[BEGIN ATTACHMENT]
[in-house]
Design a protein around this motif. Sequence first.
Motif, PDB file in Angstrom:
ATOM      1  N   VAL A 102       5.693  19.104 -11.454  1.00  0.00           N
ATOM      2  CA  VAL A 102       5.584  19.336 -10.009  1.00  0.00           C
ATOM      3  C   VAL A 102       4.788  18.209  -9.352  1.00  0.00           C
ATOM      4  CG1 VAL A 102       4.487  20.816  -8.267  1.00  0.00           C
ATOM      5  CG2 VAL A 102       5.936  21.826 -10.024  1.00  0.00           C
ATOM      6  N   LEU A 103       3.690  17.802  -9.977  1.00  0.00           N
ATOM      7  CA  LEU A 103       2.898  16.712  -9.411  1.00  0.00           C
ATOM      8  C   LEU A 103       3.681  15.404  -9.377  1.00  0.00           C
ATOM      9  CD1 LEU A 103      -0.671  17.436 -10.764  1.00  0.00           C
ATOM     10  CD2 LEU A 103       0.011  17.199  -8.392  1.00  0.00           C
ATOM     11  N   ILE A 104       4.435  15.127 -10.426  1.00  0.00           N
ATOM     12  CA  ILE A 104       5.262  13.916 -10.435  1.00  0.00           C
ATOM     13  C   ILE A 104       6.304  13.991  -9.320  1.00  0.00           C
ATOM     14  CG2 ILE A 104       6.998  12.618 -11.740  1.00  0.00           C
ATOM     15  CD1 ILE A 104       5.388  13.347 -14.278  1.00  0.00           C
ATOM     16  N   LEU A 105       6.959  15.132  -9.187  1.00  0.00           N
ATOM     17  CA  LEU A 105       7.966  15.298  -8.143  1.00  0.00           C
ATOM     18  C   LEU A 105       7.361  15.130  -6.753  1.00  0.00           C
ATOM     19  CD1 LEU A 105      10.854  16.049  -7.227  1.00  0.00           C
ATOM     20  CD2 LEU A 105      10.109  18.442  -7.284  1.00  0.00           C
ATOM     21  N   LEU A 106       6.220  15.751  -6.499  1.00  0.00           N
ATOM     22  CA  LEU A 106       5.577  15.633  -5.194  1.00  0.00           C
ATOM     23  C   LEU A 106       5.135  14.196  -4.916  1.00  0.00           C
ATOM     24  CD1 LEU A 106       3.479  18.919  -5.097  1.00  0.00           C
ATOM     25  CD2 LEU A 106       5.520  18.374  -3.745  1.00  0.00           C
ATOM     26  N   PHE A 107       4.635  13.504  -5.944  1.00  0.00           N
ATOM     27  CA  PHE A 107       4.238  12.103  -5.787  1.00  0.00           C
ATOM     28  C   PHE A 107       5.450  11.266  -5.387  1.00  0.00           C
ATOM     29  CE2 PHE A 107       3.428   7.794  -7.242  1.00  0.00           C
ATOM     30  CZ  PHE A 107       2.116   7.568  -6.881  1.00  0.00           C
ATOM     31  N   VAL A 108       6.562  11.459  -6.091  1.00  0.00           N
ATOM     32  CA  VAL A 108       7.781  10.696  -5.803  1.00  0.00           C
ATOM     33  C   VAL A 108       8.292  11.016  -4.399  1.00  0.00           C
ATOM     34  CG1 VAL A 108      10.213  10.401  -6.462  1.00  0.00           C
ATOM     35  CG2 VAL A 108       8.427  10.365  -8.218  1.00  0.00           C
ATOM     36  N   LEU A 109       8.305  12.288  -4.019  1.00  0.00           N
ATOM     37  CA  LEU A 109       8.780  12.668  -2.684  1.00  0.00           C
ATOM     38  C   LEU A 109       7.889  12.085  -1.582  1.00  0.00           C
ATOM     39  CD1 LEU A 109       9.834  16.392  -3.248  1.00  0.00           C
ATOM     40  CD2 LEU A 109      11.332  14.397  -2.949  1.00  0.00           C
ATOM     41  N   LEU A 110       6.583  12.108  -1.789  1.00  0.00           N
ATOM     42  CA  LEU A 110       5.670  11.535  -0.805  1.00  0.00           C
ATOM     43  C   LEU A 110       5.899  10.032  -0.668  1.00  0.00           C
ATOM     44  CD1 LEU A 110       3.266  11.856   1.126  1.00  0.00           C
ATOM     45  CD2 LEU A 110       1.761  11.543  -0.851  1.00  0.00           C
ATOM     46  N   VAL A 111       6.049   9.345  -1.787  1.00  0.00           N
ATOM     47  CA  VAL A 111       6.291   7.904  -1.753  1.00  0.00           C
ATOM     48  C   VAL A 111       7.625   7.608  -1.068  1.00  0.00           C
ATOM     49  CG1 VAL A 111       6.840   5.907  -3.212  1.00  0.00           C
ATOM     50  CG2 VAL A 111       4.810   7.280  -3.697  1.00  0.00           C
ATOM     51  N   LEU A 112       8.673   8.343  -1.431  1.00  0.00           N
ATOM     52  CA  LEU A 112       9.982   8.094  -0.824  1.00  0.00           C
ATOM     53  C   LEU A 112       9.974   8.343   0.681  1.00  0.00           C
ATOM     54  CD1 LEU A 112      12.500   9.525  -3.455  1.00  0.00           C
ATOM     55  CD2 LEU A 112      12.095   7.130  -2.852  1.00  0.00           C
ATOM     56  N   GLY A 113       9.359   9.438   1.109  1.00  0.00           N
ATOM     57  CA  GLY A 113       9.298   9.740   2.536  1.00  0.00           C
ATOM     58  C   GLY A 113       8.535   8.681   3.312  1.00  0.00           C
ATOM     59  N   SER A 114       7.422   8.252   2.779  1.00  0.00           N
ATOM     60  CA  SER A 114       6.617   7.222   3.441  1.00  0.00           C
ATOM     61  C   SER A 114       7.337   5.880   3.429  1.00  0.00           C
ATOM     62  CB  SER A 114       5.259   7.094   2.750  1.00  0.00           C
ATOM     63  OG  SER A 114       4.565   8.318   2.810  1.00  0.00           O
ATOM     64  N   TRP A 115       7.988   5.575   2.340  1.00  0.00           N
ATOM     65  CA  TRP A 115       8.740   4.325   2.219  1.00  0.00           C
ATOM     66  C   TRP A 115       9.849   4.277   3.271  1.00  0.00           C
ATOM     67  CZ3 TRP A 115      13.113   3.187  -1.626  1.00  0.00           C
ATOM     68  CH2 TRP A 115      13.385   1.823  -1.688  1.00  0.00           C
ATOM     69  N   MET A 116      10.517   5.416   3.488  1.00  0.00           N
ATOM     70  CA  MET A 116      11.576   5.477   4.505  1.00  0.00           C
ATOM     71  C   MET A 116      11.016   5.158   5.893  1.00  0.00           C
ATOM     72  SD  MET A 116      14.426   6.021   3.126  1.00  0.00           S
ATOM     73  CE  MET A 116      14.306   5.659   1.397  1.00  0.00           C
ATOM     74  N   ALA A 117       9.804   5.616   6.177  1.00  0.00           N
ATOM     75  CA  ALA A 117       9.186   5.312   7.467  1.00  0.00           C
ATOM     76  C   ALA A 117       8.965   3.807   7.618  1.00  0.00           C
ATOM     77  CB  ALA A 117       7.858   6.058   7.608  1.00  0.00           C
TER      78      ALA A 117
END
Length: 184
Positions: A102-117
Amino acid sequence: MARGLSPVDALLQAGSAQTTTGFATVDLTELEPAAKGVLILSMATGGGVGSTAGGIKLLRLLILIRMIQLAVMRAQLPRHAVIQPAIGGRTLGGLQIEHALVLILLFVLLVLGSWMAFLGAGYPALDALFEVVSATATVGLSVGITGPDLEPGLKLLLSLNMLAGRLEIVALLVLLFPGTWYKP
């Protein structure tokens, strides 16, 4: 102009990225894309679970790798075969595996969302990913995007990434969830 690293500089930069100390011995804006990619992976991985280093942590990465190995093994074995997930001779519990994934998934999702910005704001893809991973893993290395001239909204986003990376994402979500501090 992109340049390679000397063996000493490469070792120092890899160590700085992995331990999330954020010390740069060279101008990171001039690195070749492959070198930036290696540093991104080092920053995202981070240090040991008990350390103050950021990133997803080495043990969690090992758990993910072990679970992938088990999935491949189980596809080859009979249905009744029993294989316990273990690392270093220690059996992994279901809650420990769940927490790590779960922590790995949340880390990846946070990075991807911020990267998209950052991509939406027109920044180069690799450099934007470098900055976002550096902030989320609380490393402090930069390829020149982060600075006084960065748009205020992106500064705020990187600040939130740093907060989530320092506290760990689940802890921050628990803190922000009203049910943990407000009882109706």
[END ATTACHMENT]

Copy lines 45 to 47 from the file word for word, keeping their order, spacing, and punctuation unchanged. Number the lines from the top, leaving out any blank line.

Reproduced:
ATOM     42  CA  LEU A 110       5.670  11.535  -0.805  1.00  0.00           C
ATOM     43  C   LEU A 110       5.899  10.032  -0.668  1.00  0.00           C
ATOM     44  CD1 LEU A 110       3.266  11.856   1.126  1.00  0.00           C